USC Dornsife College Of Letters Arts and Sciences

University of Southern California

Where They Make Manna

Where They Make Manna

When Pastor Ed Carey arrived at Hope International Bible Fellowship (Hope IBF) in 1994, the situation was grim. The once-thriving congregation was down to 30 people and thinking of closing its doors. The church building was starting to show its age after nearly 75 years of service, the congregation’s debt seemed insurmountable and the surrounding neighborhood was developing a reputation as a place of poverty, crime and vice.

Many members had already spoken with their feet—almost all of them had left the church—but Pastor Carey sensed something at Hope IBF that others did not. He saw life in the congregation and the church building, and he saw life in the surrounding East Hollywood neighborhood. Pastor Carey decided to stay, but his plan to change the trajectory of Hope IBF did not involve trying to convince people to drive in from the suburbs or recruiting people who “had it all together” to join the church. Instead, less than a year after he arrived Pastor Carey started a recovery program at Hope IBF and invited people struggling with addiction to join the church.

A recovering alcoholic himself, Pastor Carey didn’t view people with drug and alcohol problems as liabilities who would drain the church’s meager resources; rather, he saw them as spiritual assets who could be “repurposed” to help rebuild the church. In other words, he could see the life in them too.

We saw the fruits of Pastor Carey’s work when we visited Hope IBF to take a tour of the Manna Room, the church’s food ministry. Ben Falcioni, the director of the Manna Room, showed us the former Sunday school space at Hope IBF that had been converted into a refrigerated food-storage area to hold the bulk of the 4,000 pounds of donated food collected each day. The Manna Room partners with local Trader Joe’s and Whole Foods stores to collect food that is about to expire or that is no longer useful to the stores. Ten percent of the food is used for the two daily meals that are prepared in Hope IBF’s kitchen and served to locals who could use a hot meal. The other 90 percent of the food is distributed to small, community-based ministries and charities in Los Angeles. Using food that others have deemed useless, the Manna Room works with others to make 400,000 meals a year for people in need.

“I tell the guys in our recovery program that they are like these vegetables,” Falcioni said. “They come here bruised, battered and have been thrown out as trash. But there is still life in them.”

The Manna Room is a labor-intensive operation that requires dozens of people to drive the delivery trucks, sort the food, prepare the meals, maintain community relationships and clean the kitchen at the end of each day. Falcioni is the only paid staff member, so the lifeblood of the operation are the volunteers.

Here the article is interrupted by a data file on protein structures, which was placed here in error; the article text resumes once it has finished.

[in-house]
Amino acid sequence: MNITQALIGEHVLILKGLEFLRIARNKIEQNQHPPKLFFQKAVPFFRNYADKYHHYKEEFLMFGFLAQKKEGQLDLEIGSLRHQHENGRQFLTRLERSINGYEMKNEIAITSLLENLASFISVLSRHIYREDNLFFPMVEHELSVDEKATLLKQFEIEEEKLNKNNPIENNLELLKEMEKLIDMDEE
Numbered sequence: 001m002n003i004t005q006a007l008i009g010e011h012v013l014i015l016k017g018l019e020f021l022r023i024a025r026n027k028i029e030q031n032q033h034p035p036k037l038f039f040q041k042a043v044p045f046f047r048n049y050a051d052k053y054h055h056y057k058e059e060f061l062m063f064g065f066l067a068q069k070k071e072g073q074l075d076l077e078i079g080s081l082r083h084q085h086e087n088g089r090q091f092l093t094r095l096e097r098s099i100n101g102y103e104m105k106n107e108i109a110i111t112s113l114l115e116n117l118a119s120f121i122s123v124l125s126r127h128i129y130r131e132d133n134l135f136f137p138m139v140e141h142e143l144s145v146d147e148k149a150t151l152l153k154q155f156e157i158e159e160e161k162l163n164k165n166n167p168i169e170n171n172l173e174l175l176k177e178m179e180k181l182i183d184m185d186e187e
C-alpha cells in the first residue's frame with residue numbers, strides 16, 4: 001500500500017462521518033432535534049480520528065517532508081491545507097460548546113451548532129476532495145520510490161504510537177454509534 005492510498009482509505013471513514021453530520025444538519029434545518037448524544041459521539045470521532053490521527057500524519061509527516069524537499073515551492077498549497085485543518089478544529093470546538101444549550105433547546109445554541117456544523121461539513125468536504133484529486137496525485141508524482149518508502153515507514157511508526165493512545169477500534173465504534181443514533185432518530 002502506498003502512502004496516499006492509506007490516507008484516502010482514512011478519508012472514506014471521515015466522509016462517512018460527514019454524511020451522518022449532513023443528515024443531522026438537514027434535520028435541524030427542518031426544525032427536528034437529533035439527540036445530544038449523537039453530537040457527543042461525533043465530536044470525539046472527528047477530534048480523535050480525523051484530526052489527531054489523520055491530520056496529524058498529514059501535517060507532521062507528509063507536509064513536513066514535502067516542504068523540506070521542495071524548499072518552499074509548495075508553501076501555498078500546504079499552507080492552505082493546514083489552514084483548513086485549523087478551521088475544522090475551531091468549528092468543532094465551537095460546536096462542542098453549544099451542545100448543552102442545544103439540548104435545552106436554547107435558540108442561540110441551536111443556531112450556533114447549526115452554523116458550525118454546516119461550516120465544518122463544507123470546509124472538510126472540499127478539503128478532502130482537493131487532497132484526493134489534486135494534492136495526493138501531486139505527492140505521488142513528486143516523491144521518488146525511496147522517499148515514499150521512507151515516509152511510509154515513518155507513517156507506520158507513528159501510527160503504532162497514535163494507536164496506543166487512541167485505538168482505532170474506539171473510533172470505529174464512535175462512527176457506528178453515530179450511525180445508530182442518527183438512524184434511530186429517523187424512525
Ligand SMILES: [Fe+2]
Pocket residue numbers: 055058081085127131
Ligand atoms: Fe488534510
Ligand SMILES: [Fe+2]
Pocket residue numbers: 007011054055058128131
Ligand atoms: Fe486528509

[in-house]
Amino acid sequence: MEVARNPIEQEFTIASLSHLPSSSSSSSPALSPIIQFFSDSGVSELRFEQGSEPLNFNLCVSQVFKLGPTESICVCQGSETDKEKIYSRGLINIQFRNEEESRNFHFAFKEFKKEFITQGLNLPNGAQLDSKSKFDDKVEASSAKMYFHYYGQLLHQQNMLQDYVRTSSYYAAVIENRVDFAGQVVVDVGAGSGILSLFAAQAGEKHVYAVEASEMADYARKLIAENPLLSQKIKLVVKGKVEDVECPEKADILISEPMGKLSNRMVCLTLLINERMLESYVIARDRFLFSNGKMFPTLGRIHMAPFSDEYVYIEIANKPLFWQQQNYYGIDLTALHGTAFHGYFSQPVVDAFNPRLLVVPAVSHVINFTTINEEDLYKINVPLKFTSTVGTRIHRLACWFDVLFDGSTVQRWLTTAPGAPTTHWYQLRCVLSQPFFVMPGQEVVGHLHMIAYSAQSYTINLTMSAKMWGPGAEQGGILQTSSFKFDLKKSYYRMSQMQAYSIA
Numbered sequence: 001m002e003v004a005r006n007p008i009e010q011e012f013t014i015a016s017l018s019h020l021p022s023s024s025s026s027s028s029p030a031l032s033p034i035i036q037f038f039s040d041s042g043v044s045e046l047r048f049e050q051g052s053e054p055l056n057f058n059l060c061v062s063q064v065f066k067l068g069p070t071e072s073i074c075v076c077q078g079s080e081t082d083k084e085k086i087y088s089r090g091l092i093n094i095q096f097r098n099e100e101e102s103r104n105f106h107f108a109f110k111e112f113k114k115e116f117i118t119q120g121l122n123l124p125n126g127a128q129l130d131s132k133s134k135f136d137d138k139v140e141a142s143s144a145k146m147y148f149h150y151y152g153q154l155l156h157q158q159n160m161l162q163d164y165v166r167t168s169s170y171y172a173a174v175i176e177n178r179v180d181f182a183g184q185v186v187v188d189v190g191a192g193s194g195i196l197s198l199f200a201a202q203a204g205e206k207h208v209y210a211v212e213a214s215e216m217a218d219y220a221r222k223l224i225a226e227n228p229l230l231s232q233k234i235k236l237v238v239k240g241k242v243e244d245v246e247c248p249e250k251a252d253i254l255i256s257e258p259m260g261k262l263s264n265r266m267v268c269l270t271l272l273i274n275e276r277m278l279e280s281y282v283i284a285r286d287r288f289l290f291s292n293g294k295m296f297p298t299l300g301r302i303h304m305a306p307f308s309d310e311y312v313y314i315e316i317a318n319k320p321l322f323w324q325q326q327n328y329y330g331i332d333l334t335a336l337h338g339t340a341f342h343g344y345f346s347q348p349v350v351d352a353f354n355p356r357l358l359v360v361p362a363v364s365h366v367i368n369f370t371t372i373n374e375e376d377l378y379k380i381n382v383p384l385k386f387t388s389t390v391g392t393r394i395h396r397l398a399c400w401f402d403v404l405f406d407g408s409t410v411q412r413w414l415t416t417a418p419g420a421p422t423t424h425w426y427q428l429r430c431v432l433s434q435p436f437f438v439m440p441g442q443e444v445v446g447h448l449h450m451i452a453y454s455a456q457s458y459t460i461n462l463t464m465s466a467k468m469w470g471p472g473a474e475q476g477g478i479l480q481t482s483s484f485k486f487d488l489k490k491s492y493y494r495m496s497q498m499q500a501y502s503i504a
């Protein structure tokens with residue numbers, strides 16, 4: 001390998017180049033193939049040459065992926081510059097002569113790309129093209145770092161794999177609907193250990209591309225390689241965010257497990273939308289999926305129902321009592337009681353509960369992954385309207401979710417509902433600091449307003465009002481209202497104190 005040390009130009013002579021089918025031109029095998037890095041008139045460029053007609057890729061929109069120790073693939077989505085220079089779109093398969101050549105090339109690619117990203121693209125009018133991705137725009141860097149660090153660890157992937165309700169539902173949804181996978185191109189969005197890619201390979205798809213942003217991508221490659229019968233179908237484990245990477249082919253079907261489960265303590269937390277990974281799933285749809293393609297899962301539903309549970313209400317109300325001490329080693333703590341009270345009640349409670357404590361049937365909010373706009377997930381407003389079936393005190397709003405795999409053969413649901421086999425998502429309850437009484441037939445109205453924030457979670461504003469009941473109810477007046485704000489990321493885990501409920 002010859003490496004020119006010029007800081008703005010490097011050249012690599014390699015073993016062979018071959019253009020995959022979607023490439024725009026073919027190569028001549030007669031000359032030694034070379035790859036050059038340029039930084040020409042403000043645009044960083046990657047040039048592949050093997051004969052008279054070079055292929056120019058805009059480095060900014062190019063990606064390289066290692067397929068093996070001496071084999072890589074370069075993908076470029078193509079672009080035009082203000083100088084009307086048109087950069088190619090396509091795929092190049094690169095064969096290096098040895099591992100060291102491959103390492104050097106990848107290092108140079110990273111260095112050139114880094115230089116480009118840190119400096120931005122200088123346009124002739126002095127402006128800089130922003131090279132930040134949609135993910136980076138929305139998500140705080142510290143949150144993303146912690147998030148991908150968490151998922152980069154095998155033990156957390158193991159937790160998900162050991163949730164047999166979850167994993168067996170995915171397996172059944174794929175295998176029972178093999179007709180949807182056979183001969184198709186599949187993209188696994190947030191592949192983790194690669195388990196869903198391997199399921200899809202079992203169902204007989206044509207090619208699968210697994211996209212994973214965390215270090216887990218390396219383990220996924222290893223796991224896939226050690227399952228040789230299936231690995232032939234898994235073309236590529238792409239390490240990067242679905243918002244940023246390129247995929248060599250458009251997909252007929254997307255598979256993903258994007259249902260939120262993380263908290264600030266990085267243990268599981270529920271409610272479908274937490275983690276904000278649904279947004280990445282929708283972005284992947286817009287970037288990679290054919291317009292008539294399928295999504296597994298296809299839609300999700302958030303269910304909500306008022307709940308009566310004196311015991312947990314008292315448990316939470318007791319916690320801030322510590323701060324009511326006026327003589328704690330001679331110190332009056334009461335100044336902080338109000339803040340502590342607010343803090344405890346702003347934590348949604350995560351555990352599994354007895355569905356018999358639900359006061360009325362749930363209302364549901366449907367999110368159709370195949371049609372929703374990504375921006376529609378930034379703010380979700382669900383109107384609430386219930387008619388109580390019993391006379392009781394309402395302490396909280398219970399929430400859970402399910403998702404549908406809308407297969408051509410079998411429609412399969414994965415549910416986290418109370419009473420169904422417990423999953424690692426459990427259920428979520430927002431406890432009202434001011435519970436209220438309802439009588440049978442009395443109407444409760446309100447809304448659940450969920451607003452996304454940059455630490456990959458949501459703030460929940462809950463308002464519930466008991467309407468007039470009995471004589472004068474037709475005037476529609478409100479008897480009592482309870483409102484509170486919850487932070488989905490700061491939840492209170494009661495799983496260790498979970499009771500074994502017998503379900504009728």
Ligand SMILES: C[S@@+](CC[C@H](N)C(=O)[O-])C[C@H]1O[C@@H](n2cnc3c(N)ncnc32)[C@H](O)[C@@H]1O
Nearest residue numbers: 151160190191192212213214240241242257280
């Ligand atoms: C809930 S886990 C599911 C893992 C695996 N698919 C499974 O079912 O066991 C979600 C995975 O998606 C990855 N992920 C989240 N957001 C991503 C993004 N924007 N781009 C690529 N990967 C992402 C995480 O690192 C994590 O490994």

Most and sometimes all of the Manna Room’s volunteers are currently participating in IBF’s recovery program. Many of them show up at the church during some of the lowest points of their lives—in fact, some are close to their own expiration dates. They have hurt themselves as well as the people closest to them, and arrive needing serious help. When they reach Hope IBF’s doorstep, helping others may be the last thing on their minds, but serving others who are also in need is an integral part of the recovery program.

Participants live in Hope IBF-owned housing and wake up at 4am to pick up the food, salvage what is edible, then clean and prepare it to be served for the free morning and afternoon meals. Their service to the church is as essential to their recovery as the 12-steps themselves.

On any given weekday, there are dozens of people working in the kitchen and dozens more eating a free meal in the church’s ad hoc dining room. During the weekend, hundreds more people enter the building as members of the five separate congregations that worship at Hope’s sanctuary. Latino, Armenian and Roma congregations, along with two groups aimed at the twenty-something hipsters now moving into the neighborhood, rent the sanctuary to hold worship services. These six very diverse congregations hold periodic barbeques together, and some members of the other groups participate as volunteers at the Manna Room.

The monthly rents from these congregations, along with additional support from mission teams from around the country, pay for things like the $40,000 in gas that IBF’s delivery trucks consumer each year. Seeing the bustling daily activity at IBF in 2014 makes it hard to imagine that 20 years ago, the church was struggling just to keep its doors open.

In some ways, Hope IBF looks a lot like the Jesus People Movement of the 1960’s. Larry Eskridge, a historian at Wheaton College, argues that, “Far from being an ephemeral blip or a religious fad, the Jesus People Movement was a major episode in American religious history.” Like the Jesus People, Hope IBF embodies the informality of the early church, embraces a counter-cultural identity and attracts people who are drawn to a faith practice that they perceive as authentic. But even though it shares the spirit of an American movement from an earlier era, Hope IBF is a unique and innovative place whose mission and programming have been shaped foremost by the vision of Pastor Carey.

Hope IBF is a reflection of its pastor because the church and its ministries see the life—not the imperfections—in the surrounding neighborhood, the church building, the food donated daily and the people who pass through its doors.

Andrew Johnson is a contributing fellow with the USC Center for Religion and Civic Culture.